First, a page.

The lessons this place has to teach have a hungry audience in journalism today. The rapacious demand for more and more profits, for the news to serve not the public but investors, has had a disastrous effect on American newspapers. Six-paper cities have become one-paper cities, afternoon dailies have moved into morning, big papers become smaller and smaller, bargaining that if they aren’t giving people what they need, giving them less should fix that problem.
More dangerous, national political reporting turns presidential elections into unholy hybrids of beauty contests and game shows, and wars into soundtracked soap operas. The voyeurism of the local news tells us to care about one family’s tragedy and ignore an entire city’s devastation; more people can tell me, no doubt, who the latest missing white woman is, than can tell me how many people were killed during Hurricane Katrina. Veterans of the business shrug their shoulders at all of it: What are you going to do?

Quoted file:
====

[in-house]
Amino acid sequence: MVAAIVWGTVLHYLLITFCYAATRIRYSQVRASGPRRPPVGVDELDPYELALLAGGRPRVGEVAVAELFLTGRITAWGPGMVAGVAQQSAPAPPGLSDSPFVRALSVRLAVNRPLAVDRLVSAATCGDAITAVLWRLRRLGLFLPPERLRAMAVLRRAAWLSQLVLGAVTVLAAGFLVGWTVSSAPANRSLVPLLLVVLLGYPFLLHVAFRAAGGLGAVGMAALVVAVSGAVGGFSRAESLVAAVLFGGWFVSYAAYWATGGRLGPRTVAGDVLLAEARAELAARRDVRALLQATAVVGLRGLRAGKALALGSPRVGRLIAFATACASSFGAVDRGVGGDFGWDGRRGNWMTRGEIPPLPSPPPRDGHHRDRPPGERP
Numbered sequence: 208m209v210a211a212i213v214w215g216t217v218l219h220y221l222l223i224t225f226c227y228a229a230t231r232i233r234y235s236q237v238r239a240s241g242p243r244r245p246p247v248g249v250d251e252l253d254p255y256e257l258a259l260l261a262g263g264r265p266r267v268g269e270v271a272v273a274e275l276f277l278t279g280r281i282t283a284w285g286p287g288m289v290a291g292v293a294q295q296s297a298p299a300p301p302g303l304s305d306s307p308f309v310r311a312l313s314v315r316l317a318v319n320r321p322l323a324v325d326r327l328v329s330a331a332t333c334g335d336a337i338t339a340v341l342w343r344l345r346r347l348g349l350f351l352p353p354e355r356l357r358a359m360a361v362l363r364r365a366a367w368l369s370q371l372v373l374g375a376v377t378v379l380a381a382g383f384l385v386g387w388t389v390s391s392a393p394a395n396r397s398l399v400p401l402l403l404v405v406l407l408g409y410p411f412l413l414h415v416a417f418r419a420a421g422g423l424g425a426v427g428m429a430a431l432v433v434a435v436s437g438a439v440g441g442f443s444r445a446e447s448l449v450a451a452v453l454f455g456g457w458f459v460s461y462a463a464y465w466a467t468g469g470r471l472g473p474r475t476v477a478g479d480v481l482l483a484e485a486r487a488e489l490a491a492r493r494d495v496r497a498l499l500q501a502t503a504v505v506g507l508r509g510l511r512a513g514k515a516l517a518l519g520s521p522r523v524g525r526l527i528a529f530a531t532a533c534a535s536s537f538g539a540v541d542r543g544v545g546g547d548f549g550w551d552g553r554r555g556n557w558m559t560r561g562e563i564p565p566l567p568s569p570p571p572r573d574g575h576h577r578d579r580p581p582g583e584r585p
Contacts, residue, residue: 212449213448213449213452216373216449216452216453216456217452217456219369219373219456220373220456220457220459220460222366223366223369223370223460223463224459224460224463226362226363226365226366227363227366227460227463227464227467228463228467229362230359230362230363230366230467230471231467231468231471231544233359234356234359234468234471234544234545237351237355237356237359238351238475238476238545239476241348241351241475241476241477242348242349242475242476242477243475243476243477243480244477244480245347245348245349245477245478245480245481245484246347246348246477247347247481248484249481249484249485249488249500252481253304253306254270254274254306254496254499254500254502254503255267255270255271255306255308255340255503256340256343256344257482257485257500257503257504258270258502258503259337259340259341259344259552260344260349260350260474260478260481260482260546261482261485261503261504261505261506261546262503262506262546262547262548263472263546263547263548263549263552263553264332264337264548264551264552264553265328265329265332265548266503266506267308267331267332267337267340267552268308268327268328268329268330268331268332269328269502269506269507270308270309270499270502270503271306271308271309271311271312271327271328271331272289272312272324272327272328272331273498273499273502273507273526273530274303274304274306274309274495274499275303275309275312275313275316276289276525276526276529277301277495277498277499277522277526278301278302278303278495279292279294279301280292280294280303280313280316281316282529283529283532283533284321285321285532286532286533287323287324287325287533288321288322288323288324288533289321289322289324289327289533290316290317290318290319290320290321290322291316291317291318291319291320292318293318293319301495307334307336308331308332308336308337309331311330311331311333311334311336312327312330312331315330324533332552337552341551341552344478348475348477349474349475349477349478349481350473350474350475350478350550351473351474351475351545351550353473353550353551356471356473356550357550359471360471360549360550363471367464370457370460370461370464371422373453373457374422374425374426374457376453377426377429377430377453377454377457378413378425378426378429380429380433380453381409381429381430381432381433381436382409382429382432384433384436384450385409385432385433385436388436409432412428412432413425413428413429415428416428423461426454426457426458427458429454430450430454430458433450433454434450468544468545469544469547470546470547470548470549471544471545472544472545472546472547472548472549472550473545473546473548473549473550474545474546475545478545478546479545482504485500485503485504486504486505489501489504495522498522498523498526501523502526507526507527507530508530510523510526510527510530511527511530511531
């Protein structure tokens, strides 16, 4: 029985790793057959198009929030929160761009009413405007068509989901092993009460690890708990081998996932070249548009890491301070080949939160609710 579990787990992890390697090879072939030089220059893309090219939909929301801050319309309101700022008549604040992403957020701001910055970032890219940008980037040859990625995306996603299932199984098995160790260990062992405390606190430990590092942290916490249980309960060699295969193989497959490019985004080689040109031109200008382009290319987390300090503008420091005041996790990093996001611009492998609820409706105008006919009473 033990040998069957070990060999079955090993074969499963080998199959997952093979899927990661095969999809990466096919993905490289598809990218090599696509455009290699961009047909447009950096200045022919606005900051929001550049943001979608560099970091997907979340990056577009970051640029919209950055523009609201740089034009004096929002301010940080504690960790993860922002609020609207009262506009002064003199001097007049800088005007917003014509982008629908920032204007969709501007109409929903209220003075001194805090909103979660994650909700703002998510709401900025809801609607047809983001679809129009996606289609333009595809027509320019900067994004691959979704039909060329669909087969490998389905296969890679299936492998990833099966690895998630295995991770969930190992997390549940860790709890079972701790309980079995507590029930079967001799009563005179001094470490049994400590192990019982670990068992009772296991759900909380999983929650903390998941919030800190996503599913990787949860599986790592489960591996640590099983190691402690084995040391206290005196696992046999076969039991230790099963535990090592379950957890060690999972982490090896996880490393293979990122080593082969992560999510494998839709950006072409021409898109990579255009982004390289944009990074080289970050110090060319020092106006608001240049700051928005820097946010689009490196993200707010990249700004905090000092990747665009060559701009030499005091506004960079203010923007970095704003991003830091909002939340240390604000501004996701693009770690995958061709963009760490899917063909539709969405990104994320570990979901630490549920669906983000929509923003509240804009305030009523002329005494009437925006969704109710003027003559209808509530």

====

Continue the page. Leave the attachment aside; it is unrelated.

In the face of these problems, our influential academics are fretting over the influence of the Internet, making Google a catch-all fall guy for the failings of advertising, marketing and news executives so bad at stewarding resources they make Soviet Russia look like a bastion of fiscal restraint. No amount of blaming teenagers showing their boobies on MySpace makes up for the fact that few newspapers have done a decent job of reminding the public why they’re necessary. If you’re not making your paper widely known and easily available and filled with vital content, you hardly need Craigslist’s help to screw it up.